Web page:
Domain analysis of the chickpea F-box genes revealed that a large fraction (30.17%) of the predicted genes did not have any other known functional domain other than the F-box. However analysis of the remaining (70%) F-box genes revealed the presence of several domains such as LRR, kelch repeats, FBD, FBA, WD40, PP2, PAS/PAH, TUB and PPR at their C-termini, allowing their classification into 10 groups. Most F-box genes have been shown to contain different protein-protein interaction domains at their C-termini which are known to interact with various substrates [50,52]. Similarly in other species also F-box genes with unknown or no C-terminal domains were most abundant as also observed in Arabidopsis [50], rice [52] and M. truncatula [4] [Additional file 9: Table S9]. However, amongst the C-terminal domain containing F-box genes, the FBD type which is thought to be associated with nuclear processes [53] was the most abundant in chickpea in contrast to DUF domain containing F-box genes in rice [52], FBA domain containing F-box genes in M. truncatula [4] and LRR repeats containing F-box genes in Arabidopsis [50]. The proportion of FBA domain containing F-box genes was similar in chickpea and M. truncatula [4] and was much higher in comparison to rice [52]. The FBA domain containing F-box genes have been shown to be related to pollen recognition in Arabidopsis [54]. The FBT subfamily consisting of TUB domain (first detected in mouse to be involved in controlling obesity [55]) consisted of 10 members in chickpea as was also observed in Arabidopsis [50] whereas the rice and M. truncatula FBT subfamilies comprised of 14 members [52] and 7 members [4], respectively. The FBP subfamily comprised of eight PP2 domain containing F-box genes. Eighteen lectin-related domain containing F-box genes were identified in the genome-wide survey of F-box genes from Arabidopsis [50]. However, this domain could not be identified in many other plants studied [4,52]. It has been suggested [56] that few phloem lectins (Phloem protein 2), typically associated with phloem function, have acquired F-box domains during their evolution and may have diverged from their phloem function in order to interact with glycoproteins to bring about protein degradation. WD40 repeat containing F-box genes were lowest in number as also observed in rice [52] and Arabidopsis [50]. This indicated that the C-terminal domains determine specific protein-protein interactions in important biological processes and critically define the function of the F-box gene. Additionally, thirteen new motifs could be predicted by MEME which may be important for protein-protein interactions. However, the functional significance of these motifs needs to be validated experimentally. Moreover F-box proteins have been shown to be involved in diverse biological processes [2]. The GO annotations of the F-box genes carried out in our study also confirmed this suggesting their probable involvement in essential biological pathways. Functional characterization of most of the F-box genes till date has been done in the model plant, Arabidopsis and there homologs were found to occur in chickpea also where they may be performing similar functions. For example, close homologs of TIR1 [41] (Ca_03430; 79.42% protein identity), AFB5 [43] (Ca_23059; 68.13%) and SLOMO [42] (Ca_09143; 63.49%) which are known to be involved in plant growth and development through auxin homeostasis could be identified in the chickpea F-box genes.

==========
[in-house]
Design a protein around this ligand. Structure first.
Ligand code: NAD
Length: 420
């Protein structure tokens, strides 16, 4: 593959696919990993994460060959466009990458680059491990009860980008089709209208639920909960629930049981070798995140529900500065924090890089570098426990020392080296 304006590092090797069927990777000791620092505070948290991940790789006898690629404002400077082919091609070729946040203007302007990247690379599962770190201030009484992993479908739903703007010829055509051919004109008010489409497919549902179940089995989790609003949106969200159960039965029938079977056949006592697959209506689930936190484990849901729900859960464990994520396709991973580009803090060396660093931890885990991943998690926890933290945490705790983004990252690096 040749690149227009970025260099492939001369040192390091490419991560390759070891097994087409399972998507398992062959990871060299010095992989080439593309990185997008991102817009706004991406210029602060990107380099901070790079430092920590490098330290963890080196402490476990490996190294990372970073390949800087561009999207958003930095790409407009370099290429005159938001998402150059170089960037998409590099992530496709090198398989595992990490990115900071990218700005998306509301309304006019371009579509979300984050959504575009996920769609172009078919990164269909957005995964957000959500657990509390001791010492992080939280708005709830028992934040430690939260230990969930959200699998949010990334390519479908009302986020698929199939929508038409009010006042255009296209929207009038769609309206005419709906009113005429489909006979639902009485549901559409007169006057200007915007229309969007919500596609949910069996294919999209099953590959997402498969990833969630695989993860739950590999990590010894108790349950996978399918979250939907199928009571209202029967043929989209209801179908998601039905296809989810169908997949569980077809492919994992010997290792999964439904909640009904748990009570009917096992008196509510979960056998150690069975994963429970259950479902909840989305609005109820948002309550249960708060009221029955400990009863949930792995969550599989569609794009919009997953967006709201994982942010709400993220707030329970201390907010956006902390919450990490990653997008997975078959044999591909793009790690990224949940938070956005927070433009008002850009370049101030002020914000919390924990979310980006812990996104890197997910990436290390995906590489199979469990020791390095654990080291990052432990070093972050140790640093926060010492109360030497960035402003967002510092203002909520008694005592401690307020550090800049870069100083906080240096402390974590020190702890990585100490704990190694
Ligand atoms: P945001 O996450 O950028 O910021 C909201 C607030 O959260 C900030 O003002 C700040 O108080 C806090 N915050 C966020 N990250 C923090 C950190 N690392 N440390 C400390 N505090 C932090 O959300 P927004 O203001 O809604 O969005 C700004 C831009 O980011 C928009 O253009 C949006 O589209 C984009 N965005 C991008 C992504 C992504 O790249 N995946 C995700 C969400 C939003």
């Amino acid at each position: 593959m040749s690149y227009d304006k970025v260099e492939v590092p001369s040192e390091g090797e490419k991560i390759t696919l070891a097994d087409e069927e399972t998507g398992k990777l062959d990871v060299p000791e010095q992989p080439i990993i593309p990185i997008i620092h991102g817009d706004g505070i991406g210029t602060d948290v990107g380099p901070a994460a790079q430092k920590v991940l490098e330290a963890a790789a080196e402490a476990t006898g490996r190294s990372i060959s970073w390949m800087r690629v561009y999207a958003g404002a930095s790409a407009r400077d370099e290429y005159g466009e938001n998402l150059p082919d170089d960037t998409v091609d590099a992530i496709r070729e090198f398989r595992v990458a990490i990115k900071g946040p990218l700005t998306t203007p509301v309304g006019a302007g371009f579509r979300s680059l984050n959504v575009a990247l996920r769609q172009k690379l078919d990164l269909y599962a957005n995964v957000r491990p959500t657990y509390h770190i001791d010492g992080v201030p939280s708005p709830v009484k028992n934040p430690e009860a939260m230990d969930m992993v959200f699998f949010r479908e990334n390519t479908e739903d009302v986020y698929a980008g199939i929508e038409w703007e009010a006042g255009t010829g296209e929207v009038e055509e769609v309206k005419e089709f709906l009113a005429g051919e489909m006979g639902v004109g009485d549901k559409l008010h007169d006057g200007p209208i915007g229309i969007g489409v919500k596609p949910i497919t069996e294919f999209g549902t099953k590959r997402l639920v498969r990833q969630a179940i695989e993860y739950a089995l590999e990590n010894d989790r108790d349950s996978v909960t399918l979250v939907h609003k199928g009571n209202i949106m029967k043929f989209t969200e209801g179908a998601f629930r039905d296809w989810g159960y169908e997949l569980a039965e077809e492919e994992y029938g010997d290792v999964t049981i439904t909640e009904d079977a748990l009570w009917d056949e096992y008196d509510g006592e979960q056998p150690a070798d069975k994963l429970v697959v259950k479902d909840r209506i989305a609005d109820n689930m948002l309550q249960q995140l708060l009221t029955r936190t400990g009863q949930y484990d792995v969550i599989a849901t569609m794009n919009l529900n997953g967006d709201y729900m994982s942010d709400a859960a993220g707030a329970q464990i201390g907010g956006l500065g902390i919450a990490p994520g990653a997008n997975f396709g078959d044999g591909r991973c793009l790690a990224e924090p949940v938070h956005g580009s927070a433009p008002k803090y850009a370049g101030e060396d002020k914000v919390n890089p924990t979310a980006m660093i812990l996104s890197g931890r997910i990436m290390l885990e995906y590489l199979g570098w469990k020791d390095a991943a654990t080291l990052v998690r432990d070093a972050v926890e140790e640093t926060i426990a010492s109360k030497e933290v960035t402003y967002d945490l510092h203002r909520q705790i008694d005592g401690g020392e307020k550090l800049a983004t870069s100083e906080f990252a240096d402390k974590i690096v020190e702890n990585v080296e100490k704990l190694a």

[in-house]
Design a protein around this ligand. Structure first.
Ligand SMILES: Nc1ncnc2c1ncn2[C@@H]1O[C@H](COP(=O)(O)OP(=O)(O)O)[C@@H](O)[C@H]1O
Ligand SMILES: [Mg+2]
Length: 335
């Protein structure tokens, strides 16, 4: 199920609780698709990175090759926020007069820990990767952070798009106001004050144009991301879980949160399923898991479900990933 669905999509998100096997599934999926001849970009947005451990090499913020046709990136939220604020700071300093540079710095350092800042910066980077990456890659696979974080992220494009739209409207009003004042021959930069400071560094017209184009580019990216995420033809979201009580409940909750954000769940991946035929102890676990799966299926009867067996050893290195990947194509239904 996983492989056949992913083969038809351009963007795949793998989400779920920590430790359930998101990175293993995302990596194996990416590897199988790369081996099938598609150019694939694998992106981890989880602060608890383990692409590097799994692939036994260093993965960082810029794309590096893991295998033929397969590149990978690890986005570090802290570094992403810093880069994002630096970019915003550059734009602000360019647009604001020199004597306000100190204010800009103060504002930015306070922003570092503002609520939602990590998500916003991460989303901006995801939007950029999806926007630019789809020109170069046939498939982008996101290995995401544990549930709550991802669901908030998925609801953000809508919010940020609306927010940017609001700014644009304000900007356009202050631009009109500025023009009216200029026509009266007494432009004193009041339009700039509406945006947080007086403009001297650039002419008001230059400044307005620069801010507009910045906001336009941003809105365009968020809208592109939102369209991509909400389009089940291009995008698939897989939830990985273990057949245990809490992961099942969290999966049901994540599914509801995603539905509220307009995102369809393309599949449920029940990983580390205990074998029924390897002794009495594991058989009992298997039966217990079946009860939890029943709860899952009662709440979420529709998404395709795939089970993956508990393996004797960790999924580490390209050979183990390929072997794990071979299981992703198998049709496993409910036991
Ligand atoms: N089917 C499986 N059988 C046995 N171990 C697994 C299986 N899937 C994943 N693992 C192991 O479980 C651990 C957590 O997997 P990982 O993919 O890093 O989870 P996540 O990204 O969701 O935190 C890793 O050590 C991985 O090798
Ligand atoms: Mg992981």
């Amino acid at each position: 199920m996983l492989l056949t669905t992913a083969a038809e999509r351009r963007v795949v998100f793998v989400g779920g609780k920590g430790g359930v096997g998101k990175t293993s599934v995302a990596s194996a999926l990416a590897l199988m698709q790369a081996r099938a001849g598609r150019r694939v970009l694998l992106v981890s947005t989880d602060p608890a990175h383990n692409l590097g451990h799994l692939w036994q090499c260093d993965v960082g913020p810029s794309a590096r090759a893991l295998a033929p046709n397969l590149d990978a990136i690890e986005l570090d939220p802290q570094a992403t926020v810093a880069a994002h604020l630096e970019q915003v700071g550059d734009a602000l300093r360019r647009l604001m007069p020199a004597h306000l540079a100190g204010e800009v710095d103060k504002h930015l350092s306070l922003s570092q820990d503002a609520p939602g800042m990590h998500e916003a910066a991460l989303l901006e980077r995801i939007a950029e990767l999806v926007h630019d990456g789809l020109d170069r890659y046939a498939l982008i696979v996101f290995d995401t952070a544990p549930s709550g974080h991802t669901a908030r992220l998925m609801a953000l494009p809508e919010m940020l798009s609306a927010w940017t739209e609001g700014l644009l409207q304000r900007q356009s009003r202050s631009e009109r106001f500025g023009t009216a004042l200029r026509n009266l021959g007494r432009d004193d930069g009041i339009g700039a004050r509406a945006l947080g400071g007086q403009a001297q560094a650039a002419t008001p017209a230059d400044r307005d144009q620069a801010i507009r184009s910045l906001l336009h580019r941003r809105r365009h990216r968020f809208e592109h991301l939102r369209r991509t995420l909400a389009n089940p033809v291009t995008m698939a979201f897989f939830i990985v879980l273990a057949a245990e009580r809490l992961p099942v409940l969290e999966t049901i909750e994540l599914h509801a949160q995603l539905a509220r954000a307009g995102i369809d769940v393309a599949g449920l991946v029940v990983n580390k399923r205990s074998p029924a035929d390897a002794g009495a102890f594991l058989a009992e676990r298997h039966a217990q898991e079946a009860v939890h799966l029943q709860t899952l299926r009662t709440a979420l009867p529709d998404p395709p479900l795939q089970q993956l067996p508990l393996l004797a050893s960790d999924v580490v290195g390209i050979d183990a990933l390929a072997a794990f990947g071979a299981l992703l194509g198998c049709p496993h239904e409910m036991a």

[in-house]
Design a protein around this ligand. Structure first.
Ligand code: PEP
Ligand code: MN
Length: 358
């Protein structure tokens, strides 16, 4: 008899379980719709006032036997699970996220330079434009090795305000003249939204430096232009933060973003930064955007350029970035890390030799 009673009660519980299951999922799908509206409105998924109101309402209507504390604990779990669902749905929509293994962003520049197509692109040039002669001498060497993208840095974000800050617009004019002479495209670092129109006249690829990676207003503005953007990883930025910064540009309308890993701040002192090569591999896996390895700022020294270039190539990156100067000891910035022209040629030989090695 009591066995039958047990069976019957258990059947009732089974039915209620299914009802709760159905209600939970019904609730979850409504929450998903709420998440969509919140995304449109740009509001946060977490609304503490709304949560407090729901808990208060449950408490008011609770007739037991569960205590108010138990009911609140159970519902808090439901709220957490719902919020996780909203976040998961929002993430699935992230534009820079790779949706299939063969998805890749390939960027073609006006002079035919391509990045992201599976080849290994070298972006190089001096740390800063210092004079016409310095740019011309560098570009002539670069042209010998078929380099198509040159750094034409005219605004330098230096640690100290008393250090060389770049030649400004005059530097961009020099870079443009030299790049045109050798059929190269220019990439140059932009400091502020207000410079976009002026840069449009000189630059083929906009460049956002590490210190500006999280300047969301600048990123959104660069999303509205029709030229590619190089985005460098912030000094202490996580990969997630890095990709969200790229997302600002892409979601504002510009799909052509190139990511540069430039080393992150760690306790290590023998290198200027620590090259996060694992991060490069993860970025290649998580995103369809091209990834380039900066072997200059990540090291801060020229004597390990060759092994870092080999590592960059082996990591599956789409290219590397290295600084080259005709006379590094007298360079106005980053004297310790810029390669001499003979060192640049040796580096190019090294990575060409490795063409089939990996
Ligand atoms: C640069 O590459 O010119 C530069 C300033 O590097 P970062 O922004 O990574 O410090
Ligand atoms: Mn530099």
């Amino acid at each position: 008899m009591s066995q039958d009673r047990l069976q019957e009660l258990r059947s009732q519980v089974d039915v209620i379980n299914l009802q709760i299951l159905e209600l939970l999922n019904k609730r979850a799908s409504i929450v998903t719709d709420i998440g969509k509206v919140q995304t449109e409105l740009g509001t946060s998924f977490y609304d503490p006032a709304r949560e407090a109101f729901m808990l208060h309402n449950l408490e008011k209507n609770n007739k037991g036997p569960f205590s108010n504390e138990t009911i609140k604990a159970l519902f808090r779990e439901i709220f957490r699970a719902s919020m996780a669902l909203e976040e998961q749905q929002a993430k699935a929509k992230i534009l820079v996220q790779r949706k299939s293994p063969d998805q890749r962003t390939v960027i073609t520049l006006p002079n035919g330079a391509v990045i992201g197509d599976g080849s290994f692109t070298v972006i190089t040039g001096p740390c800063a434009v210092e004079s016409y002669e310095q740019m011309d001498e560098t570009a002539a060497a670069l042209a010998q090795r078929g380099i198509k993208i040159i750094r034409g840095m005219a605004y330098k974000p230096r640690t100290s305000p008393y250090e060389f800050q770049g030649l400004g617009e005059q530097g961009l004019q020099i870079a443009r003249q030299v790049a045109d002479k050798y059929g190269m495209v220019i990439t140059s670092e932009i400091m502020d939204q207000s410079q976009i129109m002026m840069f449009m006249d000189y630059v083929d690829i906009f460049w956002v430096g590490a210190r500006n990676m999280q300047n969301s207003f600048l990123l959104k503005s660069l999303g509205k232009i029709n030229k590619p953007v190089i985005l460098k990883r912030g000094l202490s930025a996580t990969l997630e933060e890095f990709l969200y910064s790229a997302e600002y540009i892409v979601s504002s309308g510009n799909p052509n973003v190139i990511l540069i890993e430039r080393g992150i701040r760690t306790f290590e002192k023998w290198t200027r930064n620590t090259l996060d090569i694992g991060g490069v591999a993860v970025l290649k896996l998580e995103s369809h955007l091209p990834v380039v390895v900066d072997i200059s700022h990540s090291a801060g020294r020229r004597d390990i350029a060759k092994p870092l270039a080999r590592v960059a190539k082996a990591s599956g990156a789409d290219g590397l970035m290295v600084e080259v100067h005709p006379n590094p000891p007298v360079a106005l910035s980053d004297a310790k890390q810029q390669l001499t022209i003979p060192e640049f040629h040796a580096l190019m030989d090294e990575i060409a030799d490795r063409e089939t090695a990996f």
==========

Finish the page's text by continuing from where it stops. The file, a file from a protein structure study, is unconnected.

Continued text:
An examination of the exon-intron organization of the F-box genes demonstrated the prevalence of 34% intronless genes in the family which is a distinct feature of the F-box genes as has also been observed in Arabidopsis, rice and Populus [9]. Also, it was observed that most members of a subfamily had similar intron/exon structures suggesting close structural relationships between the F-box genes within a subfamily in chickpea. Moreover, the chickpea F-box genes sharing high homology with Arabidopsis F-box genes showed similar exon/intron organizations. Further, to obtain an overall picture of the evolutionary relationship of chickpea F-box proteins, a phylogenetic tree was constructed, which divided the family into 9 clades. The organization of F-box proteins in the phylogenetic tree suggests that F-box genes with similar C-terminal domains coevolved just as observed in Arabidopsis [50] and rice [52]. The fact that members of each clade usually have identical domain organization suggested that they function to interact with the same or similar substrates. The location of proteins with unknown domains implied the complexity of their evolutionary lineage. Moreover, the similar phylogenetic tree topologies of chickpea, Arabidopsis [50] and rice [52] suggest a common evolutionary lineage for this gene family in plant species from dicots and monocots.